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The Sacrilege of Alan Kent

The Sacrilege of Alan Kent( )
Author: Caldwell, Erskine
Illustrator: Frizzell, Ralph
Foreword by: Hood, Mary
ISBN:978-0-8203-1789-2
Publication Date:Jan 1996
Publisher:University of Georgia Press
Book Format:Hardback
List Price:USD $24.95
Book Description:

Although an early work,The Sacrilege of Alan Kent shows readers the poetic economy, stark naturalism, and concern for the South's poorest people that became the hallmarks of Erskine Caldwell's later work.

Book Details
Pages:88
Detailed Subjects: Poetry / General
Physical Dimensions (W X L X H):5.944 x 9.039 x 0.802 Inches
Book Weight:0.64 Pounds
Author Biography
Caldwell, Erskine (Author)
Erskine Caldwell has been called one of the most banned and censored authors in the United States. The son of a traveling minister, born in White Oak, Georgia in 1903, Caldwell received little formal education, as a young man, Caldwell took odd jobs and worked in the Southern states. He attended briefly Erskine College, Due West, South Carolina, and the Universities of Virginia and Pennsylvania for some semesters. Yet he became a prolific writer whose novels explore the seamy side of life in the American South.

At the age of eighteen he went on a gun-running boat to South America, he played professional football and worked as mill-hand, cotton-picker, and in other such occupations. For a time Caldwell was a cub reporter on the Atlanta Journal. In the 1920s Caldwell moved to Maine to devote himself to writing. After several Spartan years, he had three stories accepted for publication. In 1930 Caldwell destroyed all his unpublished work from previous years. 'Country Full of Swedes' was published in the Yale Review, and it received $1,000 award from the journal in 1933. American Earth, a collection of short stories about petty passions and little lecheries, was published in 1931. Some of the stories had first appeared in such magazines as The American Caravan, Blues, Frankfurter Zeitung, Front, The Hound and Horn, Nativity, Pagany, Scribner's Magazine, This Quarter, and transition. The title of one of his novels Tobacco Road (1932) became slang for poverty and degeneracy. The book was made into both a movie (1941) and a long-running Broadway show (1933-1941). Other novels, some of which were made into later films, include The Bastard (1929), Poor Fool (1930), and God's Little Acre (1933). By the late 1940's, Caldwell had sold more books than any writer in the nation's history.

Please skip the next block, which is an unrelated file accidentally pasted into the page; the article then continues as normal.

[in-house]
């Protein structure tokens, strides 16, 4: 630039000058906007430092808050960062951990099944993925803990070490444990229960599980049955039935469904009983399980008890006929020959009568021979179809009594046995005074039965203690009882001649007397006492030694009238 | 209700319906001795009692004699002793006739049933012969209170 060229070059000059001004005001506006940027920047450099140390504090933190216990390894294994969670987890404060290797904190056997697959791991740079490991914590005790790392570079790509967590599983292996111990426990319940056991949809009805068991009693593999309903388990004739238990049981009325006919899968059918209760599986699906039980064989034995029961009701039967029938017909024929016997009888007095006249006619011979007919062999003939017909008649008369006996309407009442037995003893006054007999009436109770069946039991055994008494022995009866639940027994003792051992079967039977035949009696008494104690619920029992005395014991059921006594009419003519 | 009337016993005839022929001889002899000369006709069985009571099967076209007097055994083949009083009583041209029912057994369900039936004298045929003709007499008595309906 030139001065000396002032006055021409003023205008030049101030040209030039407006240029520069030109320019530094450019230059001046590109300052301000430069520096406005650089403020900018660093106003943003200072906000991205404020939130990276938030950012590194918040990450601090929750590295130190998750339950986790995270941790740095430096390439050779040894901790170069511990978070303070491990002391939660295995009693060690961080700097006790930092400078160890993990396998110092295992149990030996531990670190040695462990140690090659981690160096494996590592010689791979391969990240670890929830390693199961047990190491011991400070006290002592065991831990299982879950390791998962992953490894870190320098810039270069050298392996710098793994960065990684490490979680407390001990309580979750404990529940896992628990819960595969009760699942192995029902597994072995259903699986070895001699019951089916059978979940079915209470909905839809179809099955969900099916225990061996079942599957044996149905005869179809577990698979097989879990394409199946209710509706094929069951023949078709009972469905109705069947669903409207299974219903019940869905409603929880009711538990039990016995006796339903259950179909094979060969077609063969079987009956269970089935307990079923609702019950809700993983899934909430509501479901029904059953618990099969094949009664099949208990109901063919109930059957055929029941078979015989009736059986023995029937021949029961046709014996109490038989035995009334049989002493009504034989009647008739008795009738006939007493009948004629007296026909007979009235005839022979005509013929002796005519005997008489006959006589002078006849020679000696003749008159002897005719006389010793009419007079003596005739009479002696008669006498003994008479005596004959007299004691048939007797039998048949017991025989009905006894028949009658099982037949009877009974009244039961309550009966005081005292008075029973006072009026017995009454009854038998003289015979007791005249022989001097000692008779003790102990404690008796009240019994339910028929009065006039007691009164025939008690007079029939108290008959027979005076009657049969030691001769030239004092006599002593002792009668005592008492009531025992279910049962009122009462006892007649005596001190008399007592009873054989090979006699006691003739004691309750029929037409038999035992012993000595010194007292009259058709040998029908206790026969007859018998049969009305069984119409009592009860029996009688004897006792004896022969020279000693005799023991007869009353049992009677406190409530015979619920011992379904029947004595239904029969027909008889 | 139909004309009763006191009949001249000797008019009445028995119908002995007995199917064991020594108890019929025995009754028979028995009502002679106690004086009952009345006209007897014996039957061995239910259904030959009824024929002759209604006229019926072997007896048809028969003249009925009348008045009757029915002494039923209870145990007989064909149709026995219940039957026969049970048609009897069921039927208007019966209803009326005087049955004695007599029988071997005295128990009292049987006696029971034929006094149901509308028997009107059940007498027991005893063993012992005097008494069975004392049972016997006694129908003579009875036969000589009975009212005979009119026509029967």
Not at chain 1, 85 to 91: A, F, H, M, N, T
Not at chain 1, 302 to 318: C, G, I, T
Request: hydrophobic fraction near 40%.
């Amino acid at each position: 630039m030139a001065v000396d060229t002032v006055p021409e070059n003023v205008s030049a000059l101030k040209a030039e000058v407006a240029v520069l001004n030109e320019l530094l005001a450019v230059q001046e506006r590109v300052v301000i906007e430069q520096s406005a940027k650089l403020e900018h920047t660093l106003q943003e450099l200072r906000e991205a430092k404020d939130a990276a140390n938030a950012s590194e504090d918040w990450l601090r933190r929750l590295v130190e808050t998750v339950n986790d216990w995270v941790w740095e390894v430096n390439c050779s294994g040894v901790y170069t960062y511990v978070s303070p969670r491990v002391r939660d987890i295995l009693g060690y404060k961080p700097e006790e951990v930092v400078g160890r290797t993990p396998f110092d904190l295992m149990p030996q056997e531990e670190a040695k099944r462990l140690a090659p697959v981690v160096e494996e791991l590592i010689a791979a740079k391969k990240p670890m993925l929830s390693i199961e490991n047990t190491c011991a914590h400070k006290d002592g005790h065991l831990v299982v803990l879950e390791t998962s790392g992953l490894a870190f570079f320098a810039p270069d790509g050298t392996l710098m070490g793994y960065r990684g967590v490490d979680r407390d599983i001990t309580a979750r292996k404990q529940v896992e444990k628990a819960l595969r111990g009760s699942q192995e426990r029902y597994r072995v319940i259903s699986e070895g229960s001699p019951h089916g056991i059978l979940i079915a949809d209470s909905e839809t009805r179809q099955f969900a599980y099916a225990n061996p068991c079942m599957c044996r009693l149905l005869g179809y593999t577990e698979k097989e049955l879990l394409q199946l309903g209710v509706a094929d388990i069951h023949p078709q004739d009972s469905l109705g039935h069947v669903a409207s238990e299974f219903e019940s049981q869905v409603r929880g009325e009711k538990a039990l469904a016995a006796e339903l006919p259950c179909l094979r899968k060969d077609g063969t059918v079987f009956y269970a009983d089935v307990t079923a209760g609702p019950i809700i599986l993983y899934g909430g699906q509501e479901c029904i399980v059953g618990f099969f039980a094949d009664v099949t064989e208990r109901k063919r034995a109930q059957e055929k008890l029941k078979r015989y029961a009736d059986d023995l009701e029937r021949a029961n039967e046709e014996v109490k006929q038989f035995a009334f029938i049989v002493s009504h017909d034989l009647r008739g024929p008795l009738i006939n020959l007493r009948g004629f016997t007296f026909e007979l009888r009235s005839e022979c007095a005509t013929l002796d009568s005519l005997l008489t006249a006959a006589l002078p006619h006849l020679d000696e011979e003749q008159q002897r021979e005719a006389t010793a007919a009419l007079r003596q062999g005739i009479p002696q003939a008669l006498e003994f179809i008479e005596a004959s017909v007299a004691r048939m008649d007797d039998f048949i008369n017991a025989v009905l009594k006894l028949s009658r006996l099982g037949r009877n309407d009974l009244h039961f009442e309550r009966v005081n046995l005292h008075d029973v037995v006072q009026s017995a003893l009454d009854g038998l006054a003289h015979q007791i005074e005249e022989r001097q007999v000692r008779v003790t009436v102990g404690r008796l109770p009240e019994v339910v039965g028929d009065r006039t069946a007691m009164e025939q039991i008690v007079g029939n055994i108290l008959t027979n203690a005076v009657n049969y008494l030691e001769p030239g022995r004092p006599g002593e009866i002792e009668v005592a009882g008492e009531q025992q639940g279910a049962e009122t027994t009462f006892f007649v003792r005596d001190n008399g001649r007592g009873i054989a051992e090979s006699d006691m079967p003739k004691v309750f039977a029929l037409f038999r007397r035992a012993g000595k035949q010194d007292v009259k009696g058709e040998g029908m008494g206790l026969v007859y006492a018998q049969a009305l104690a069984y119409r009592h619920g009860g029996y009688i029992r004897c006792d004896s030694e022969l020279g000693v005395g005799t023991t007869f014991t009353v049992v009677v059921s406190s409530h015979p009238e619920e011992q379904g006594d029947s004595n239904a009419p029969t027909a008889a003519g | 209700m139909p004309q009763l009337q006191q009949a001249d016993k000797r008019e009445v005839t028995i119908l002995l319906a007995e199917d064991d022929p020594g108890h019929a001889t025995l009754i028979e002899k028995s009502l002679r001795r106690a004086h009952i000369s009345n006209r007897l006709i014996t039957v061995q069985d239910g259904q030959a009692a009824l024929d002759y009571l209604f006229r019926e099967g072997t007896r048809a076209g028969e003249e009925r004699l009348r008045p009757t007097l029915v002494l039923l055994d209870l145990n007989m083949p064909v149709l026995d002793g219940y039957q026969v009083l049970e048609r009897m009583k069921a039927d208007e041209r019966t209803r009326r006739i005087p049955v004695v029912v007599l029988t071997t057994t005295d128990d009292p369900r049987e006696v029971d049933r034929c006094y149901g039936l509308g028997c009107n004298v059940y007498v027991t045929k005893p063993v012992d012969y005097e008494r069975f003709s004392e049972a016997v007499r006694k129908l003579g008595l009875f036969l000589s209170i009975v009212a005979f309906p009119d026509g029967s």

Caldwell became a reporter for the Atlanta Journal in 1925, worked as a scriptwriter in Hollywood and was a newspaper correspondent in Mexico, Spain, Czechoslovakia, Russia and China



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